“We can’t be complacent,” Ashley King said. “We have to fight it out every time.”

With that approach, it’s helpful to have a player like Carolyn Carrera, a senior midfielder who will play lacrosse and soccer for Hofstra University. King, in her first season as Riverhead’s coach last year, gained a firsthand appreciation for what Carrera can do on the lacrosse field.

“She’s just an overall amazing kid,” King said. “She doesn’t just fall into the norm of the regular student. She stands out from everybody.”

Carrera, an All-Division player and academic All-American, was a model of productivity for the Blue Waves (2-12) last season. She registered 43 goals, 18 assists and 42 draw controls, all team-leading figures.

“I think her biggest asset is her grittiness,” King said. “If the ball is turned over or we need the ball back, she’ll get back in that play, trying to make it happen. And she’s definitely an unselfish player.”

The Blue Waves have five other returning starters back: junior midfielder Amanda Dickerson, junior attacker Samantha Brodeur, junior defender Joanna Messina, senior midfielder Emily Jehle and sophomore midfielder Courtney Troyan.

The two goalies who split playing time last year, senior Paige Hubbard, and junior Jessica Purick, remain in place. They will get to work with the new junior varsity coach, Kristen Hordy, a former goalie for North Carolina. Alexa Bloss, a senior defender, is also back.

Good things are expected from a couple of freshmen who have been brought onto the team, attacker Aly Romer and midfielder Mikki Renten.

Having lost the voice of her defense, Jocelyn Zaneski, who plays basketball at SUNY/Cobleskill, King foresees some early-season struggles on defense.

“At Riverhead over here, [lacrosse is] kind of a new sport,” King said. “We’re turning athletes into lacrosse players. That’s just the road we have to take.”

King said that although the Blue Waves spent a lot of time on stick skills and basic fundamentals last year, the team is now working more on plays as a more advanced motion offense is put in place.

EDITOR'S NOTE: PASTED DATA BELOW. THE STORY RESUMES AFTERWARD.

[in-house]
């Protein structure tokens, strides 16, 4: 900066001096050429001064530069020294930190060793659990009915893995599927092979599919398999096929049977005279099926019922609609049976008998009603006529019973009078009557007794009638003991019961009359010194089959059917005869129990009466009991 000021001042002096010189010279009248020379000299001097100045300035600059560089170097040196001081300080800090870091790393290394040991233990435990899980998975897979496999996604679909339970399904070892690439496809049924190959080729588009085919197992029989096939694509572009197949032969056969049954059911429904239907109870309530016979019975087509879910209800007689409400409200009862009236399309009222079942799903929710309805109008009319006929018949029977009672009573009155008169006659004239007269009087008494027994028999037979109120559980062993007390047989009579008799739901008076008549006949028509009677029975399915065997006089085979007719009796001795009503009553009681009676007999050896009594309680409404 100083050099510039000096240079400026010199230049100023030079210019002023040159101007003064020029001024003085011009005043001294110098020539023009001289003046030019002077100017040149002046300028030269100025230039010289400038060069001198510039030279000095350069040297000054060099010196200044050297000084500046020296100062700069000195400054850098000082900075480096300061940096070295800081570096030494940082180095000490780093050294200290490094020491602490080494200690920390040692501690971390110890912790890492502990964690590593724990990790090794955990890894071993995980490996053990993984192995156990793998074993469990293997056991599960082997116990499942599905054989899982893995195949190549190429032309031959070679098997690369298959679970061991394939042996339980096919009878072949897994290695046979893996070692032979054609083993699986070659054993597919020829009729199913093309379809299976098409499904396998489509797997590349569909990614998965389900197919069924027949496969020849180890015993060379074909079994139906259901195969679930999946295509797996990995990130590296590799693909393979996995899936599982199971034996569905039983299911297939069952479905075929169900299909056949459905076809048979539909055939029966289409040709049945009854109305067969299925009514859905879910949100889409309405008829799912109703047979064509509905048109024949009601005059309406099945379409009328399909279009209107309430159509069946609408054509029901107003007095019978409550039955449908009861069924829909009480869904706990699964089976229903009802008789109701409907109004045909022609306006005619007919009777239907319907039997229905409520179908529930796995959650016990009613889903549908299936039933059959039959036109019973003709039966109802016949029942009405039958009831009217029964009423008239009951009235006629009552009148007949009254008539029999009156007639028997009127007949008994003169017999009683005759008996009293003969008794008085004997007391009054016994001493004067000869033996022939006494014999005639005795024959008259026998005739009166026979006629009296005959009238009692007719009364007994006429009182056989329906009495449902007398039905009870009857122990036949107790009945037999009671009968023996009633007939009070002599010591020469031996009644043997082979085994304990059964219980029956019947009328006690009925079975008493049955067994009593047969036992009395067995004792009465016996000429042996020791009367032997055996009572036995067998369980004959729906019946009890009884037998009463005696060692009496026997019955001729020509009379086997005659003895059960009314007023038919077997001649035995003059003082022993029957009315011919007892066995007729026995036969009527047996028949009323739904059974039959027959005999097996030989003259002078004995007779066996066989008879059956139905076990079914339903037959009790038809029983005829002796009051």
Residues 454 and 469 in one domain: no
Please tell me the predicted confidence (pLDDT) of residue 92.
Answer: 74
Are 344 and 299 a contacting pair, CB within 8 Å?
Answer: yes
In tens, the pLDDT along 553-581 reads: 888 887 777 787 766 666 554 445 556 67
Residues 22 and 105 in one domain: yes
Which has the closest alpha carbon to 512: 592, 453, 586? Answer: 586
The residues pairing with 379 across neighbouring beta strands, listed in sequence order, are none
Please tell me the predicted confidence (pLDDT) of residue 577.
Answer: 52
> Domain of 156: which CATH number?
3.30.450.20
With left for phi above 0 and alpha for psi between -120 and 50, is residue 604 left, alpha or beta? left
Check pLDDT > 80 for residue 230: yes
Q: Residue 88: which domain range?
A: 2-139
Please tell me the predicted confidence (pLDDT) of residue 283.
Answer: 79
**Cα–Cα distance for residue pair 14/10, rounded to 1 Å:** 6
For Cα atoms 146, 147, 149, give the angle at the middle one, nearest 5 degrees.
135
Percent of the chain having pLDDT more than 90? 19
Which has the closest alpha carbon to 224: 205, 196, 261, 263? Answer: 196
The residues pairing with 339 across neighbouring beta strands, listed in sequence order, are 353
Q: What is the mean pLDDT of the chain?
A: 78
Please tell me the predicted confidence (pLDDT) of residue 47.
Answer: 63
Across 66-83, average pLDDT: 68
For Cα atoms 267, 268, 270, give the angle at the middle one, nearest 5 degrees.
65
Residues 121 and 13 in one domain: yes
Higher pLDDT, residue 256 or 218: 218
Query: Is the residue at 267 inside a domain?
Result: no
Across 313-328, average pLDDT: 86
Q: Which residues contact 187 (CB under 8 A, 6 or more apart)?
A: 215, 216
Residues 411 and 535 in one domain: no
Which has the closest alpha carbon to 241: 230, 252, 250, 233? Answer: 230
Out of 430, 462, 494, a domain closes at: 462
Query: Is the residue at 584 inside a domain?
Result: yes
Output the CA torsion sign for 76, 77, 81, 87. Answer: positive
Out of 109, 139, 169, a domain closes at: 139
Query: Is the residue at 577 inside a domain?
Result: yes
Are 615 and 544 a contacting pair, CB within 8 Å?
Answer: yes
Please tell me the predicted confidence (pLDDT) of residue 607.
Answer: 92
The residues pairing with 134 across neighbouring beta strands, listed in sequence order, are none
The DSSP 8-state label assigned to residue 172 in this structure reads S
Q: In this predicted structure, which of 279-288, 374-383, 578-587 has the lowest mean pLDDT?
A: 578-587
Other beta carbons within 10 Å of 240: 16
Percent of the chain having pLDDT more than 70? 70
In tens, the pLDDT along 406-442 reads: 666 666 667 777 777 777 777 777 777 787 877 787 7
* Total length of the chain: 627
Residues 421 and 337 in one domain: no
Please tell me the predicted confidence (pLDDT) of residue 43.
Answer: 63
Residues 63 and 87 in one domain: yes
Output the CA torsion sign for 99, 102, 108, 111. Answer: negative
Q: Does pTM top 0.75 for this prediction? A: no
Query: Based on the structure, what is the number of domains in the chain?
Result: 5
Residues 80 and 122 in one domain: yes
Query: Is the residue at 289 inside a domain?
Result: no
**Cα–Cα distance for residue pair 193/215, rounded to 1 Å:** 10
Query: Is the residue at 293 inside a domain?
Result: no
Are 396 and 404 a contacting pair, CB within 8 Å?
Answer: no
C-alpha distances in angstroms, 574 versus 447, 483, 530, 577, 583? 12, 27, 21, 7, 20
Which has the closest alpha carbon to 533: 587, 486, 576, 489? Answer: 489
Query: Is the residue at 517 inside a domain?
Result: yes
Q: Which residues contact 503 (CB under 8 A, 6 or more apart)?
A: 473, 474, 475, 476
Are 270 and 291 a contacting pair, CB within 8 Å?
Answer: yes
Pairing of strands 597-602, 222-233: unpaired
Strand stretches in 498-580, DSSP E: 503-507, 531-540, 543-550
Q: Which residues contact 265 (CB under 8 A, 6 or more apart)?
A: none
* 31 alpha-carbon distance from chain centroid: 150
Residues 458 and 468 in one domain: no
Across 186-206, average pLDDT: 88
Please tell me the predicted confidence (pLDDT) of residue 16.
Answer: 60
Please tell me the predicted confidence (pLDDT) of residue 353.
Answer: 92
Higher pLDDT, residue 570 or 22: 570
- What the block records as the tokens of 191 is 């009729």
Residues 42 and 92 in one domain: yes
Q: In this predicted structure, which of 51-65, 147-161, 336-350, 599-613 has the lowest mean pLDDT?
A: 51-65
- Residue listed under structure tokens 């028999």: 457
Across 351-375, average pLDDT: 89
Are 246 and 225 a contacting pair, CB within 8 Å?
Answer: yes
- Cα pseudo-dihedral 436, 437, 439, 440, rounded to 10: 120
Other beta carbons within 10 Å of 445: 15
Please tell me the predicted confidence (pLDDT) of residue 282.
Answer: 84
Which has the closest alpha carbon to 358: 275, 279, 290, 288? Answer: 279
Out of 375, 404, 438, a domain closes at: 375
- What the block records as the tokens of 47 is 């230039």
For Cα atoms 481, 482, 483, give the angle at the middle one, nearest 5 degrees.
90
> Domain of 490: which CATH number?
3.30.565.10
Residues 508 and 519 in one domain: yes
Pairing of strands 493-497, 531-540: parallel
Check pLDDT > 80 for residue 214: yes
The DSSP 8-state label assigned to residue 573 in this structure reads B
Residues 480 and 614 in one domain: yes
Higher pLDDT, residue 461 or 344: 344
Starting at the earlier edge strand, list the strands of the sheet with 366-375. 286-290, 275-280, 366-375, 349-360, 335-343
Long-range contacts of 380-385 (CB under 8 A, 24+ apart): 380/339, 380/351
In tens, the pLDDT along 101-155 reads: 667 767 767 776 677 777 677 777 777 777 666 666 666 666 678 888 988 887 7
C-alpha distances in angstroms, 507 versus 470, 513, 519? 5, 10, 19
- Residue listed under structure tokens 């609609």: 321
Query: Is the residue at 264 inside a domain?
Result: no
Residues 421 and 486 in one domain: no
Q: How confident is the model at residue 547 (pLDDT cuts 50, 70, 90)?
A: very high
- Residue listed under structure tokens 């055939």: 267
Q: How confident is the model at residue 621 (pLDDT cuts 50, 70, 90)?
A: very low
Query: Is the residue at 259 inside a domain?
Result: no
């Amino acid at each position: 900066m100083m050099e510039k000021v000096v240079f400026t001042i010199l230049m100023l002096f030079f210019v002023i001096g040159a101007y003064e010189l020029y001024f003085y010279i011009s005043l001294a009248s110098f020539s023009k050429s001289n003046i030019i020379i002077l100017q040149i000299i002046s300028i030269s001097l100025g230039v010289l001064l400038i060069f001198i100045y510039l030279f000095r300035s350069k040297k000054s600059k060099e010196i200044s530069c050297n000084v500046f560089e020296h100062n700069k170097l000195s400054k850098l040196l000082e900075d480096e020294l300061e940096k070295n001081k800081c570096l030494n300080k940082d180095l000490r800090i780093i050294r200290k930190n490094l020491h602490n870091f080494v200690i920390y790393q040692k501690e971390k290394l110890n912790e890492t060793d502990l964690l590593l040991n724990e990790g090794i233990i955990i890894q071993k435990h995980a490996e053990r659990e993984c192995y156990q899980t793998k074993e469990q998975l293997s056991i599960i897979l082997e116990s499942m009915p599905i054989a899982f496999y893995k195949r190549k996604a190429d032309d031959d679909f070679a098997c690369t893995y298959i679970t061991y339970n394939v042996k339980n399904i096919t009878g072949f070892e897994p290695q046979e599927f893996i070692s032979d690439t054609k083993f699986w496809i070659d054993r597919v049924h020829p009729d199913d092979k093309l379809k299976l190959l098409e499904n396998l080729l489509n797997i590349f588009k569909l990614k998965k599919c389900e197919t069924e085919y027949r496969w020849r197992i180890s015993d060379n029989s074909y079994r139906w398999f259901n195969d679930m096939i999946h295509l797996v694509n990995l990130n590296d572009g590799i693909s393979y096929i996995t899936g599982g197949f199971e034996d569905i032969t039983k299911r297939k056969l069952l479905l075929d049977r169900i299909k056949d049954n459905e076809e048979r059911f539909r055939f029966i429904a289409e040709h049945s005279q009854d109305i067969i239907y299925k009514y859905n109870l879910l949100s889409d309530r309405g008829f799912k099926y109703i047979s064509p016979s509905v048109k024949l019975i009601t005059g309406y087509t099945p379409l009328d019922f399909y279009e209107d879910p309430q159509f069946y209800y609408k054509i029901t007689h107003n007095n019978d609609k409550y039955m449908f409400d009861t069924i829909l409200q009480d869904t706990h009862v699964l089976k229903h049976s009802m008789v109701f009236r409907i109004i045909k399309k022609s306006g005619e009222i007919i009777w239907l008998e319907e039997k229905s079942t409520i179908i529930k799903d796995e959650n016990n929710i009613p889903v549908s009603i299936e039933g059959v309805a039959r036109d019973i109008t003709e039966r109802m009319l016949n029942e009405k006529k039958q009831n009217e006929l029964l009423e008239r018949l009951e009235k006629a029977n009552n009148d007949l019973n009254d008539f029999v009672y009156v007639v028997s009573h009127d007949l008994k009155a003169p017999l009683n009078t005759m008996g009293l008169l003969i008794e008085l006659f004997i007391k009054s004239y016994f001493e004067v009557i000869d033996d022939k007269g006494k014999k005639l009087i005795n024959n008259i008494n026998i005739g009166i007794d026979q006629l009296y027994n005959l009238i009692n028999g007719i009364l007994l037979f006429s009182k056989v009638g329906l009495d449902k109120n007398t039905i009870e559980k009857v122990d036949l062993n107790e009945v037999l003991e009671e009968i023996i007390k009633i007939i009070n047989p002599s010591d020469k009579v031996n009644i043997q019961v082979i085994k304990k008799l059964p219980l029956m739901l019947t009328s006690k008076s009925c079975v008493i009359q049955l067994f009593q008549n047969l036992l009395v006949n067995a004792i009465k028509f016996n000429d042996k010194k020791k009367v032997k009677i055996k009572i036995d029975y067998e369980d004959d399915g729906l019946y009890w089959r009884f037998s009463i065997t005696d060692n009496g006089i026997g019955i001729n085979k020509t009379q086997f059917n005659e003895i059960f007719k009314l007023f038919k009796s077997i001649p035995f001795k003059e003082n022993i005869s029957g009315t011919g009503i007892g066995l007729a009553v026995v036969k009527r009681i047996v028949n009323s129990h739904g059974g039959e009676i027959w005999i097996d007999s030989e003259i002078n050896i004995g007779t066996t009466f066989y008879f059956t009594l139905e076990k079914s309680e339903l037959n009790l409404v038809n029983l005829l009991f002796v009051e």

Asked what she likes best about her team, King didn’t hesitate to answer. “I have to say their attitude,” she said. “They’re easygoing. They listen to what you’re saying. They’re getting it done.”

Varsity girls lacrosse is new to Bishop McGann-Mercy, but the team’s coach is hardly new to lacrosse.

Mike Katz’s coaching résumé spans 20 years, and he has also served as a referee for 14 years.

But this is Katz’s first varsity head coaching job, and he has his work cut out for him, as do his players. “I bought into it because it’s challenging to me,” he said.

Katz is under no illusions. He said 80 percent of his players are new to lacrosse. “Some of these girls don’t know how to catch and throw yet,” he said.

The task that lays before them is considerable, facing some established teams from what Katz referred to as “the lacrosse capital of the world.”

One player with five years of lacrosse experience is senior midfielder Kayla Schroeher, the team captain. “I think at the end of the season, everybody will see that she’s an All-County player,” said Katz.

Schroeher was the only player Katz specified. “The reason why I don’t want to name anybody else is because we play team lacrosse,” he said.

“I’m very excited to see what my girls can do,” he added. “I have very, very athletic children on the team … and there’s a lot of heart and hustle.”

That heart and hustle will be put to the test when the Monarchs play their first game on March 26 at Miller Place.

bliepa@timesreview.com